2005 Salt Lake City Annual Meeting (October 16–19, 2005)

Paper No. 2
Presentation Time: 1:30 PM-5:30 PM


SAK, Peter B.1, LEONARD, Eric M.2, MILLER, Scott R.3, BISCONTINI, Adrian J.1 and JEMISON, Emily2, (1)Department of Geology, Dickinson College, Carlisle, PA 17013, (2)Department of Geology, Colorado College, Colorado Springs, CO 80903, (3)Dept. of Geosciences, Pennsylvania State Univ, University Park, PA 16802, sakp@dickinson.edu

The Arkansas River flows ~125km south-southeast through the Rocky Mountains of central Colorado and the upper Arkansas River Valley (UAV) before turning eastward near Salida and cutting a series of deep canyons (including the 400m deep Royal Gorge) before flowing onto the Colorado piedmont at Canon City. The river may have formerly flowed south from the UAV into the Rio Grande system. Though the timing is loosely constrained, the UAV appears to have integrated into the modern Arkansas River downstream of Salida during the Neogene. Two hypotheses for establishment of the modern river course have been advanced: (1) blockage of the paleo-Arkansas River valley due to uplift of the Poncha Pass block separating the UAV from the San Luis Valley segment of the Rio Grande Rift, resulting in spill-over into the lower reaches of the modern river and cutting of Royal Gorge, and (2) headward erosion of the canyon-segment of the river, driven by base-level lowering on the Great Plains or climate change, resulted in capture of the UAV.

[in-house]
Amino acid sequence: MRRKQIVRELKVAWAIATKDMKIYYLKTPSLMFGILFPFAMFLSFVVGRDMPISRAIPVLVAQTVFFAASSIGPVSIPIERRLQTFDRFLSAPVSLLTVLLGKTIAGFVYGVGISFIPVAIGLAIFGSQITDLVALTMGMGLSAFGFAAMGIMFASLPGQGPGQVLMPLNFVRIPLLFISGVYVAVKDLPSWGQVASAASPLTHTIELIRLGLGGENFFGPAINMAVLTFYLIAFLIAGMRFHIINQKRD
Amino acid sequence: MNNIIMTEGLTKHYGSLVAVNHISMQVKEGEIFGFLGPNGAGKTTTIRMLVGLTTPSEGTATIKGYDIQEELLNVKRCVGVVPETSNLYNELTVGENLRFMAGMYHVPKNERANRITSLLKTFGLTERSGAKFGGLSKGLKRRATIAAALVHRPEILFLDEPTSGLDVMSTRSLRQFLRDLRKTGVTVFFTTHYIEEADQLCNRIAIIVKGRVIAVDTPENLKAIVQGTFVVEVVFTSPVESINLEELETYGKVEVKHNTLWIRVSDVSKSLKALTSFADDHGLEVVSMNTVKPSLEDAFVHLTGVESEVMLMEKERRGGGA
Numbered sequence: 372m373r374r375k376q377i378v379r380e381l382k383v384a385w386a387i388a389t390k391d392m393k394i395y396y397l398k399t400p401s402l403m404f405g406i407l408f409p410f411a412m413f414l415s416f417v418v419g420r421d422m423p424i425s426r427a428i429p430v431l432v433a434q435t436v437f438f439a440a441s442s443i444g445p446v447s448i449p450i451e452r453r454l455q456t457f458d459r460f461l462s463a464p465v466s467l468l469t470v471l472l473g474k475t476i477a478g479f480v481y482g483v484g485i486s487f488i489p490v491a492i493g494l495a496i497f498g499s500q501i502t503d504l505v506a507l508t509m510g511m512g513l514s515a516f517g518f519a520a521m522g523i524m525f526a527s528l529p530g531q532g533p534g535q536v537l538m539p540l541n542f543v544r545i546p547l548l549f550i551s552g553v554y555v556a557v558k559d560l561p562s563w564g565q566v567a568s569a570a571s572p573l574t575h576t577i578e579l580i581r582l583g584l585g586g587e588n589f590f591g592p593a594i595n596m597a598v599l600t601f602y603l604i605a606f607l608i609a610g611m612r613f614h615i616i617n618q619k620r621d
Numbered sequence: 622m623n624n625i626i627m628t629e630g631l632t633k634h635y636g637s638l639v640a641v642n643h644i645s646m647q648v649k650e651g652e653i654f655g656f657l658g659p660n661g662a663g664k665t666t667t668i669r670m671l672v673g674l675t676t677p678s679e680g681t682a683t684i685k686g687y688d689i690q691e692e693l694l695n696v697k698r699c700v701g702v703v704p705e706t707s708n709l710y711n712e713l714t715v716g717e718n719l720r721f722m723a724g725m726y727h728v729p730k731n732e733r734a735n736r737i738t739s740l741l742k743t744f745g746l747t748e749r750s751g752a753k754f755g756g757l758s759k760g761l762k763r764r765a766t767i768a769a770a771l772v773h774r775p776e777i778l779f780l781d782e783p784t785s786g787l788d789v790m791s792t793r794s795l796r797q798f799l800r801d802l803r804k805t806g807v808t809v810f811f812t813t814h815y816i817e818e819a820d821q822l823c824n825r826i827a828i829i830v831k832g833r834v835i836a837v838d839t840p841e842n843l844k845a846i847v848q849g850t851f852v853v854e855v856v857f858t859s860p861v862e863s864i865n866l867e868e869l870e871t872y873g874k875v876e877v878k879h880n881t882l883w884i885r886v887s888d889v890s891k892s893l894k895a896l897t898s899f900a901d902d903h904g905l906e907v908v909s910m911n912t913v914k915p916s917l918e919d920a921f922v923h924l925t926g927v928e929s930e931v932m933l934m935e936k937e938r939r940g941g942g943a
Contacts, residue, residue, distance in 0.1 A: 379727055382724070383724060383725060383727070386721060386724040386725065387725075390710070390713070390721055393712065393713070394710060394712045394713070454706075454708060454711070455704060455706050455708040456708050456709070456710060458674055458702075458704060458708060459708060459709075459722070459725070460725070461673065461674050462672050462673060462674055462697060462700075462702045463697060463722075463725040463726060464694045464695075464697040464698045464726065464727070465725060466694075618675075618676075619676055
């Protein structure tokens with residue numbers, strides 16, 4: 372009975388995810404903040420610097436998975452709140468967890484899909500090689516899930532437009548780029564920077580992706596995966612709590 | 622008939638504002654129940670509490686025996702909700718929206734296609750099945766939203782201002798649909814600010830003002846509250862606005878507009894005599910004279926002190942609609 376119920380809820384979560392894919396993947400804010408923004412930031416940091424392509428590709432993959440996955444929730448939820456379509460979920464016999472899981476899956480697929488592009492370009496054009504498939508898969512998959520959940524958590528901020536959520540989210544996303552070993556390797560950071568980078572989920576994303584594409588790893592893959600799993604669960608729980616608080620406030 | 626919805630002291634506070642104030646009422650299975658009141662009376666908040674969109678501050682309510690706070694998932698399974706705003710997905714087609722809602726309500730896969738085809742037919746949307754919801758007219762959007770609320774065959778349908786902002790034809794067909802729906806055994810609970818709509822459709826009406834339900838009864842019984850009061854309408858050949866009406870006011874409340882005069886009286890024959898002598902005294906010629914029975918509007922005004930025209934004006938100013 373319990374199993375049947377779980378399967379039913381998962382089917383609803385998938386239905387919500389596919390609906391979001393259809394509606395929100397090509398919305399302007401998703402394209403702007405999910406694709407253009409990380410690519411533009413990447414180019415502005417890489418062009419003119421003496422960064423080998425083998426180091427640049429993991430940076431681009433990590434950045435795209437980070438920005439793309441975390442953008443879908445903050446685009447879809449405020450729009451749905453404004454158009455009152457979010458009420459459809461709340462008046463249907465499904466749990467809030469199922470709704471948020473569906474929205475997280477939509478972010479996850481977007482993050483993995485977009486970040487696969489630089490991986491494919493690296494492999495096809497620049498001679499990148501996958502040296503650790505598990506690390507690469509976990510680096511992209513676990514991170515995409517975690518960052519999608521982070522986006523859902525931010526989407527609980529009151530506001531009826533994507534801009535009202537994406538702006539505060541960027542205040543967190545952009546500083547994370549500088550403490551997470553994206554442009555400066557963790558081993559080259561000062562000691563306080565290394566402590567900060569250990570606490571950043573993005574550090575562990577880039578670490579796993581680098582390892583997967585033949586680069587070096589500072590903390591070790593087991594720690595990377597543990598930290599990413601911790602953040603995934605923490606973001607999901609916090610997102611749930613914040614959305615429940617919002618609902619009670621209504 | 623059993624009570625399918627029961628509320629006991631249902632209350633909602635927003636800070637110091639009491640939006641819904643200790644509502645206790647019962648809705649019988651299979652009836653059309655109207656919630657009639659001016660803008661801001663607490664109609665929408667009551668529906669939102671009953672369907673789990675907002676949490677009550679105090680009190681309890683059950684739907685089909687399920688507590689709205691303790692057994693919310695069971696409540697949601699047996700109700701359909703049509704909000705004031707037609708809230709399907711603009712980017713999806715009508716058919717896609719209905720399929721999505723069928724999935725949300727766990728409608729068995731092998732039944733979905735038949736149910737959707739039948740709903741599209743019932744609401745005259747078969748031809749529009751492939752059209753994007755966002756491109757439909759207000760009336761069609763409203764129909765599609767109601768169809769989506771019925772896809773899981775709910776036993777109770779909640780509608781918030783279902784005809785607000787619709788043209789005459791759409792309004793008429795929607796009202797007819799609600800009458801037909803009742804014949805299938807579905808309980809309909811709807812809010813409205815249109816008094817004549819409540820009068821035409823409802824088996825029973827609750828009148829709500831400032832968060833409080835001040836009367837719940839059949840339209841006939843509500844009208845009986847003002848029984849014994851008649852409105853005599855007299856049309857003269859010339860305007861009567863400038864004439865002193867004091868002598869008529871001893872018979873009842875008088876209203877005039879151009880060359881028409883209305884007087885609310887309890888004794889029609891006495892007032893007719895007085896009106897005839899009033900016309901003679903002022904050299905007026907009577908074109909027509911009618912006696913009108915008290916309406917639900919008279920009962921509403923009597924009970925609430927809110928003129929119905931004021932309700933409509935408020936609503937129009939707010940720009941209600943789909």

Based on identification of >2000 clasts from >12 sites in mapped terraces and other alluvial deposits, we constrain provenance and therefore drainage organization as a function of age and distance from the UAV. The lack of UAV-sourced clasts of Mt Princeton quartz monzonite within a Tertiary (?) deposit ~400m above the modern river on the southern slope of Royal Gorge and 10% Mt Princeton-derived clasts within a mid-Pleistocene terrace ~100m above the modern Arkansas River further downstream demonstrates that communication between the UAV and Canon City was established in the interval between deposition of these two deposits. Two Quaternary terraces below Royal Gorge correlate with knickpoints at the head of Royal Gorge and ~15km further upstream in the middle of Bighorn Sheep Canyon. Above the higher of these two knickpoints, the Arkansas River is approximately at grade until reaching a ~200m high knickpoint in the UAV and tributary valleys. Quaternary alluvial gravels near the rim of Browns Canyon, ~200m above river level, suggest that canyon incision is a Quaternary phenomena possibly tied to the establishment of communication with the lower Arkansas River and incision of Royal Gorge.